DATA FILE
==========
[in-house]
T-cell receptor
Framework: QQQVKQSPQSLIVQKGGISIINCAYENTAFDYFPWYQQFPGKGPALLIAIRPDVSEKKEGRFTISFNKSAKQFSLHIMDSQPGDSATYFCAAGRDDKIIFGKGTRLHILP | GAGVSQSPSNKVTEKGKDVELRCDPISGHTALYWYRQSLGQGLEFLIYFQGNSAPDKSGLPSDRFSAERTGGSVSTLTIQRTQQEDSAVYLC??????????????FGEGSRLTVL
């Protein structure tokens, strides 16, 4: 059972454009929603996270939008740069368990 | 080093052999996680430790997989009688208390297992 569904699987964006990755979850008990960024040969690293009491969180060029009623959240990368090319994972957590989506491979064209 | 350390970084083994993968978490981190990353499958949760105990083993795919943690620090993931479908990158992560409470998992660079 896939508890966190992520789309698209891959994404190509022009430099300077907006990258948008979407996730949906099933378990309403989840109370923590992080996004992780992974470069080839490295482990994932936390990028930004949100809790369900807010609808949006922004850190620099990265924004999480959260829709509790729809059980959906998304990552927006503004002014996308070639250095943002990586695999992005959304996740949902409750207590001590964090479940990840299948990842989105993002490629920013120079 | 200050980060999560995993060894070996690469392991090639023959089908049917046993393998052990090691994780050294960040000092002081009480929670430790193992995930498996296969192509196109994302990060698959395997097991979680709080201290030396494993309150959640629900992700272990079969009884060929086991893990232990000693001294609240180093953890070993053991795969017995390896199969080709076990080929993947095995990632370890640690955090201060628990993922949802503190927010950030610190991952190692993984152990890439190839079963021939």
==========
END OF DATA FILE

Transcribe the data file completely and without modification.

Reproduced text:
[in-house]
T-cell receptor
Framework: QQQVKQSPQSLIVQKGGISIINCAYENTAFDYFPWYQQFPGKGPALLIAIRPDVSEKKEGRFTISFNKSAKQFSLHIMDSQPGDSATYFCAAGRDDKIIFGKGTRLHILP | GAGVSQSPSNKVTEKGKDVELRCDPISGHTALYWYRQSLGQGLEFLIYFQGNSAPDKSGLPSDRFSAERTGGSVSTLTIQRTQQEDSAVYLC??????????????FGEGSRLTVL
């Protein structure tokens, strides 16, 4: 059972454009929603996270939008740069368990 | 080093052999996680430790997989009688208390297992 569904699987964006990755979850008990960024040969690293009491969180060029009623959240990368090319994972957590989506491979064209 | 350390970084083994993968978490981190990353499958949760105990083993795919943690620090993931479908990158992560409470998992660079 896939508890966190992520789309698209891959994404190509022009430099300077907006990258948008979407996730949906099933378990309403989840109370923590992080996004992780992974470069080839490295482990994932936390990028930004949100809790369900807010609808949006922004850190620099990265924004999480959260829709509790729809059980959906998304990552927006503004002014996308070639250095943002990586695999992005959304996740949902409750207590001590964090479940990840299948990842989105993002490629920013120079 | 200050980060999560995993060894070996690469392991090639023959089908049917046993393998052990090691994780050294960040000092002081009480929670430790193992995930498996296969192509196109994302990060698959395997097991979680709080201290030396494993309150959640629900992700272990079969009884060929086991893990232990000693001294609240180093953890070993053991795969017995390896199969080709076990080929993947095995990632370890640690955090201060628990993922949802503190927010950030610190991952190692993984152990890439190839079963021939």